I consider myself a techno-optimist. Technology has improved life for humanity in countless ways, like the wheel, the printing press, selfie sticks—these marvels have enriched us all.
So too has Wi-Fi. If not for Wi-Fi, no one could idly stream YouTube videos on company laptops through rogue hotspots at a busy-but-socially-distanced coffee shop when we’re supposed to be doing our jobs. Which is to say none of us could fully leverage the remote network-connectivity tools that allow enterprise employees to be productive any time and from anywhere.
Wi-Fi has evolved continuously since it became commercially available in 1997, always improving speed, range, and overall performance. But perhaps the next iteration of Wi-Fi should be accompanied by a sinister soundtrack.
Francesco Restuccia, an assistant professor of electrical and computer engineering at Northeastern University in the United States who researches embedded systems, wireless networks and artificial intelligence, writes in a recent research paper that as Wi-Fi becomes more ubiquitous, we’ll see “groundbreaking wireless sensing applications such as human presence detection, activity recognition, and object tracking, just to name a few.”
Think of it as Wi-Fi developing another sense, the ability to “continuously ‘map’ the surrounding environment using Wi-Fi signals as sounding waveforms,” as Restuccia explains. That’s a pretty heady power for technology that was conceived as a digital conduit for radio signals. Hell, they were transmitting radio waves back in the 1890s, when robber barons and Lycos ruled the world.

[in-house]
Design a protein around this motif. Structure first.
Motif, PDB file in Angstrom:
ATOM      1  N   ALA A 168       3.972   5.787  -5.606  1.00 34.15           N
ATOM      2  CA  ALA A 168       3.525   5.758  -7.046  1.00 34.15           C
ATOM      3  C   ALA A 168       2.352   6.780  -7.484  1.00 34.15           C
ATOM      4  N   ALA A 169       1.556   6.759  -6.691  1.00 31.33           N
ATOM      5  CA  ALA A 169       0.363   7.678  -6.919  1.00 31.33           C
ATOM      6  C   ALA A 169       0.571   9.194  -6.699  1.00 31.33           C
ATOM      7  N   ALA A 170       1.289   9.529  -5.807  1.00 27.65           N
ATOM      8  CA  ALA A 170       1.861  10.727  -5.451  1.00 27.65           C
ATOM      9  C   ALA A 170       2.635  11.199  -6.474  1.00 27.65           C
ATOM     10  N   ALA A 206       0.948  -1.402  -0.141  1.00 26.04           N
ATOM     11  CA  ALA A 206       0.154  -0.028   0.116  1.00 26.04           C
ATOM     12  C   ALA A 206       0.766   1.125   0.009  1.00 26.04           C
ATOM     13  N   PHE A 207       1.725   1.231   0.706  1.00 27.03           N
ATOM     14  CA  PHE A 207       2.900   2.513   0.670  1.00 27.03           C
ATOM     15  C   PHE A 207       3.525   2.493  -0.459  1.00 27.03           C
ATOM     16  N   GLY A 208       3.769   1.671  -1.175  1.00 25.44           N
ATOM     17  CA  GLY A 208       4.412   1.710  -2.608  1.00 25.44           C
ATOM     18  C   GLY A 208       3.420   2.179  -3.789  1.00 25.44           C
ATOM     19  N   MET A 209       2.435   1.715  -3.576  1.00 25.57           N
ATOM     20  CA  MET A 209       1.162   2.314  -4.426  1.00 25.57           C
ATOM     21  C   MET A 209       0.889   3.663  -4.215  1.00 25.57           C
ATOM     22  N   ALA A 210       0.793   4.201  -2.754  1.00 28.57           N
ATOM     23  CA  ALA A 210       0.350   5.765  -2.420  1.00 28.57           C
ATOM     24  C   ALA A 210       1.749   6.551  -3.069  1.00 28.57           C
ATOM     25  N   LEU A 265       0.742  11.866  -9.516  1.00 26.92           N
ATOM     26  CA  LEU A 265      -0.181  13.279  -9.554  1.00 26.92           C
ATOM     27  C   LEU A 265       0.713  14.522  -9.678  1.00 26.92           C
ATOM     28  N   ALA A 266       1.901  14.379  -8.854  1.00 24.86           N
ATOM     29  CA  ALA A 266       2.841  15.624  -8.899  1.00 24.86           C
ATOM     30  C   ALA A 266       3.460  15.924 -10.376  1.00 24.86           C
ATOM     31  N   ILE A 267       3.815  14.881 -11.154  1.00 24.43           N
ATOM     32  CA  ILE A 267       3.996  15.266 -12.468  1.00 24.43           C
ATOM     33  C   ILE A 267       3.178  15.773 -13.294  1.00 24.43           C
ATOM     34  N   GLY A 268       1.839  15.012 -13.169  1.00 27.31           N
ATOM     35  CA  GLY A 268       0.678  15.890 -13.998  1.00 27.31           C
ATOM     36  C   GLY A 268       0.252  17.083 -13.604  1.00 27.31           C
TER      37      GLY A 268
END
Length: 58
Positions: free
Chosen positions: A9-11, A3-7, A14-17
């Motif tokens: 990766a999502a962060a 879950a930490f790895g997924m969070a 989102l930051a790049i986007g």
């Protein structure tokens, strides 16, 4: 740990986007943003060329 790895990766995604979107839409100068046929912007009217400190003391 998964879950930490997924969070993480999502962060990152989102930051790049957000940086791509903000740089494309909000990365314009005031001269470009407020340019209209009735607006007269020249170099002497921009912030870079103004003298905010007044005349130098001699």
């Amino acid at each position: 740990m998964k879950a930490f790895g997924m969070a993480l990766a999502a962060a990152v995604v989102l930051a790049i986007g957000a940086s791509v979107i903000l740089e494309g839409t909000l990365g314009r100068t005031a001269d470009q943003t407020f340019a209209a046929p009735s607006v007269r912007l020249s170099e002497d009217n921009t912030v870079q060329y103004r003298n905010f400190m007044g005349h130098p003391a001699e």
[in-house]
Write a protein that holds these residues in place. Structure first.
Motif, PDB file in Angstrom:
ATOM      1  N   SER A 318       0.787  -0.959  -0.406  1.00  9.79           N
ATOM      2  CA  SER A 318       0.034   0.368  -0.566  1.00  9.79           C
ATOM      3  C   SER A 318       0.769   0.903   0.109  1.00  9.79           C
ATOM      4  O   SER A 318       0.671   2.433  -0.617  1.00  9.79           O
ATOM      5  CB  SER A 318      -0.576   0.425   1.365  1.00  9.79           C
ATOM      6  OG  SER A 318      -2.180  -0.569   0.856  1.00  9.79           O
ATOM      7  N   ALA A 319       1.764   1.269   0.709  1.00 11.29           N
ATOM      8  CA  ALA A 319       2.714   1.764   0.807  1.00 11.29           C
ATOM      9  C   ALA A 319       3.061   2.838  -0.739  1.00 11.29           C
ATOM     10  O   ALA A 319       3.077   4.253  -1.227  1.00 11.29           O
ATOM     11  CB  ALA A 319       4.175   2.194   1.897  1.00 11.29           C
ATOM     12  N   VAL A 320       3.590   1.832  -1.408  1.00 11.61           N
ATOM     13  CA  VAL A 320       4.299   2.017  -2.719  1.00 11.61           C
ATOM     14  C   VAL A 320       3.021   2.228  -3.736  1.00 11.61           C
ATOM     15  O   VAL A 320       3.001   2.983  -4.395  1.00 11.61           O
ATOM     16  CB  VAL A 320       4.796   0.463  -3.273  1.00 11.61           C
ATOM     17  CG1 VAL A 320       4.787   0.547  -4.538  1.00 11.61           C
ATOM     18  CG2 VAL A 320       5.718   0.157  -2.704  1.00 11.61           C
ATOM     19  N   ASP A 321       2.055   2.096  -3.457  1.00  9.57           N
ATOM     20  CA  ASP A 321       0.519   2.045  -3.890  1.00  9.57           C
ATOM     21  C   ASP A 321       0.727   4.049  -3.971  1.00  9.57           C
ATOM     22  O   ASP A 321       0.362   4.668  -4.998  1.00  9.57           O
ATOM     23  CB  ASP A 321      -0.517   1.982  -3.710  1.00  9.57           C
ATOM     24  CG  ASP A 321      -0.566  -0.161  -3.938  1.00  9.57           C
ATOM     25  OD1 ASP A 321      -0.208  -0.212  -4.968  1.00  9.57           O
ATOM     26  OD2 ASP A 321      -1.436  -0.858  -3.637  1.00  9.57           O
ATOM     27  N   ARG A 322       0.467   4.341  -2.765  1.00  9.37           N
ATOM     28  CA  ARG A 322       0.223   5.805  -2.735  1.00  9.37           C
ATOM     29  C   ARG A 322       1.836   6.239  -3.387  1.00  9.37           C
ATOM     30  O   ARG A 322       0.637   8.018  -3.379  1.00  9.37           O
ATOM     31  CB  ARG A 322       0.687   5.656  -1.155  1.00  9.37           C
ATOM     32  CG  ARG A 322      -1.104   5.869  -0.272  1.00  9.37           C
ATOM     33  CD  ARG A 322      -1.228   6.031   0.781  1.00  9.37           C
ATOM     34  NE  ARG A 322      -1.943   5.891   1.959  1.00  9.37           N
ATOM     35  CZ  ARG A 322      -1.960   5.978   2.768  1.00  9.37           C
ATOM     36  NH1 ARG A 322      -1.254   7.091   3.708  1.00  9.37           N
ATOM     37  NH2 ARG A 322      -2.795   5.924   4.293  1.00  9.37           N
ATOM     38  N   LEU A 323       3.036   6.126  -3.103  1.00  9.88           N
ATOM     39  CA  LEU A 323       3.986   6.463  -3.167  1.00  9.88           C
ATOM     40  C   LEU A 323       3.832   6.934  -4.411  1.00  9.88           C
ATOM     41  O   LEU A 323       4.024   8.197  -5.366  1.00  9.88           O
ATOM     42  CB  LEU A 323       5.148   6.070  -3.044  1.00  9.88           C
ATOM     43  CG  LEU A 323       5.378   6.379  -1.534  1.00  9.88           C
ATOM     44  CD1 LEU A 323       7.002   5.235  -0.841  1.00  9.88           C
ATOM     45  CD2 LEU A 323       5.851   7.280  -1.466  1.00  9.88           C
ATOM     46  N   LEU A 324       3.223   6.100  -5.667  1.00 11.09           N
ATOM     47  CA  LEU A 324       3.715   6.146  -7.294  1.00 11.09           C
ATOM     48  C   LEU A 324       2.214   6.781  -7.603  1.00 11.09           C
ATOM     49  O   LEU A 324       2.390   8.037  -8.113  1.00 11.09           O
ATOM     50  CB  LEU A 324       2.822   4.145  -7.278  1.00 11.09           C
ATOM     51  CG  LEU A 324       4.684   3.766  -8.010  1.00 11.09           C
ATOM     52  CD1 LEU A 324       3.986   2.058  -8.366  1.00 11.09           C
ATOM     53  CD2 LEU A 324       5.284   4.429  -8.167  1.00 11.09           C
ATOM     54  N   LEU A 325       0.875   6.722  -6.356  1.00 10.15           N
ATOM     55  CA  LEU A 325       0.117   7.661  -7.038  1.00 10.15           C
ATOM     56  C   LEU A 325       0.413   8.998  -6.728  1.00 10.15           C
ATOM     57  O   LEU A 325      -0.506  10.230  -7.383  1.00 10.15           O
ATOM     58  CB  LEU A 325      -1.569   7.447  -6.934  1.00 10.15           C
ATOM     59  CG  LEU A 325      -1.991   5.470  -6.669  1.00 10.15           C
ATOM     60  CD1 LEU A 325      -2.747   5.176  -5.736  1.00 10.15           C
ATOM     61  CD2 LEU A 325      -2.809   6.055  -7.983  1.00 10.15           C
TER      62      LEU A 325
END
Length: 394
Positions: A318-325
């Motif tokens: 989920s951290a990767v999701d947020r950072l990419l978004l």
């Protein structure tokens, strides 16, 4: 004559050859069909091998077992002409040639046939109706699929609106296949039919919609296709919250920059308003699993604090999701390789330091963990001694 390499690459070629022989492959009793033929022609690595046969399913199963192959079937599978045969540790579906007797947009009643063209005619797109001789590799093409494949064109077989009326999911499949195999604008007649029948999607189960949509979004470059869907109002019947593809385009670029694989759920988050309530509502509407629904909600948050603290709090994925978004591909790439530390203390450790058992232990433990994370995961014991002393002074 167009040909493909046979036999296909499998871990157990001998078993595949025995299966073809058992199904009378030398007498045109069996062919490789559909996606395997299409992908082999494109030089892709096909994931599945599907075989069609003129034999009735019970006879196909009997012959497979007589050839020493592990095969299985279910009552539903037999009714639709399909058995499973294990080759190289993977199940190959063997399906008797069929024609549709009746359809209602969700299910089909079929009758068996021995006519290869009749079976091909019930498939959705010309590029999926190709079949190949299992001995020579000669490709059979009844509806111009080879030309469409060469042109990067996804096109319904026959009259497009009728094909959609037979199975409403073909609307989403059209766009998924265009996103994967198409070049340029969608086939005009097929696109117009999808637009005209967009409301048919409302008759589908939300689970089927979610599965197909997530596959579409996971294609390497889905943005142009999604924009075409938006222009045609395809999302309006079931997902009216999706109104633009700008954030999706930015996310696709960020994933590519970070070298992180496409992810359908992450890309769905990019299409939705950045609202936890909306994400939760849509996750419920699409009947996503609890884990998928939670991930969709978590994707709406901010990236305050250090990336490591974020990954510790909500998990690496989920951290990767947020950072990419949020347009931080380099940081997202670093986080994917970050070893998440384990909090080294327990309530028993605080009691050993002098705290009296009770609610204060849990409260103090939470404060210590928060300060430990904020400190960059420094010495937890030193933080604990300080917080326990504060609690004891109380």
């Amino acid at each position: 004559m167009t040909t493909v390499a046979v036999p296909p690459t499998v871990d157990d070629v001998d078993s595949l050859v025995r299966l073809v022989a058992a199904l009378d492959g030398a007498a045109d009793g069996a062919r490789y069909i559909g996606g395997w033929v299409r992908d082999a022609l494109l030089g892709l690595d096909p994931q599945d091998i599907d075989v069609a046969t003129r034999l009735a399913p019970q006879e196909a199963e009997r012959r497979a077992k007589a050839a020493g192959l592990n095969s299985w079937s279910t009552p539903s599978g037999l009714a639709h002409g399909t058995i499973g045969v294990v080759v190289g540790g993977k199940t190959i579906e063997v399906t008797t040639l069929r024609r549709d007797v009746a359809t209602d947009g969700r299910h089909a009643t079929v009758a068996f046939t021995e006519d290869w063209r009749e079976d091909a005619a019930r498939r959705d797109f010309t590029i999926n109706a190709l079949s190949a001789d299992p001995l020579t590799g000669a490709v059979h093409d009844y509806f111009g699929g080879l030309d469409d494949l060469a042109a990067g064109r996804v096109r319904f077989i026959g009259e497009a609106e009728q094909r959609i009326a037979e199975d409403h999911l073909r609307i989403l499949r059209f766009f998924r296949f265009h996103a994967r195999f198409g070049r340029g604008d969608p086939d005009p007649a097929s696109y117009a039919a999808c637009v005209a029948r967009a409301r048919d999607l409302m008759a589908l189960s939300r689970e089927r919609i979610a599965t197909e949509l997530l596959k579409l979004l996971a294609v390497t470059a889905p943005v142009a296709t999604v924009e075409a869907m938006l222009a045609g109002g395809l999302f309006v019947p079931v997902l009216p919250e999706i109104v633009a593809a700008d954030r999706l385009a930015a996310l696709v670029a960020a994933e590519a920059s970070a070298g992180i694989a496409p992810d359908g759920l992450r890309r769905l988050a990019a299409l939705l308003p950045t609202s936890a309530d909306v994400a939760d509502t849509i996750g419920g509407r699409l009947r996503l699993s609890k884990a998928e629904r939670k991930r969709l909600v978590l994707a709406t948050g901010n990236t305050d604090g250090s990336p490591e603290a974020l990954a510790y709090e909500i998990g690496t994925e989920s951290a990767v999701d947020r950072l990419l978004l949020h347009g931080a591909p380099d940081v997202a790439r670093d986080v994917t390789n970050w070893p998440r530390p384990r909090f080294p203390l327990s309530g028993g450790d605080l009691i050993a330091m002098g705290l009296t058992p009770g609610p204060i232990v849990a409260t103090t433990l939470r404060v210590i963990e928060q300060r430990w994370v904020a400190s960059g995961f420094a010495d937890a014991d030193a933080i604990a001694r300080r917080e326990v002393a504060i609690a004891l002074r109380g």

The Institute of Electrical and Electronics Engineers is working on standards (IEEE 802.11bf) for a Wi-Fi Sensing project (SENS) that will enable Wi-Fi devices to constantly sense their surroundings. And this is where a good idea takes a dark turn. Restuccia writes:
The pervasiveness of SENS into our everyday lives will necessarily elicit security and privacy concerns by the end users. Indeed, it has been shown that SENS-based classifiers can infer privacy-critical information such as keyboard typing, gesture recognition and activity tracking.
Given the broadcast nature of the wireless channel, a malicious eavesdropper could easily … track the user’s activity without authorisation. Worse yet, since WiFi signals can penetrate hard objects and can be used without the presence of light, end-users may not even realise they are being tracked.
Paging George Orwell! This is a big step beyond surveillance cameras, which people have come to expect and usually can see. “End-users may not even realise they are being tracked” is about as ominous as it gets. Internet users already get worked up about tracking cookies and other surreptitious ways of stalking web surfers to mine information.
But cookies can’t track Internet users if they’re not online. The same can’t be said of Wi-Fi devices with SENS abilities. And given that there now are an estimated 542 million public Wi-Fi hotspots around the world, not to mention billions more private Wi-Fi hotspots in homes and offices, we might not be safe anywhere from surveillance, even when we think we are.
“The impact that IEEE 802.11bf will have on our society at large cannot be overstated,” Restuccia writes. “When 802.11bf will be finalised and introduced as an IEEE standard in September 2024, Wi-Fi will cease to be a communication-only standard and will legitimately become a full-fledged sensing paradigm.”
That gives us a bit more than three years to prepare for the day when Wi-Fi connections start spying on us.
Bonus cultural addendum: Surveillance societies and dystopias have a rich history in film. Here’s a list from The Surveillance Studies Network.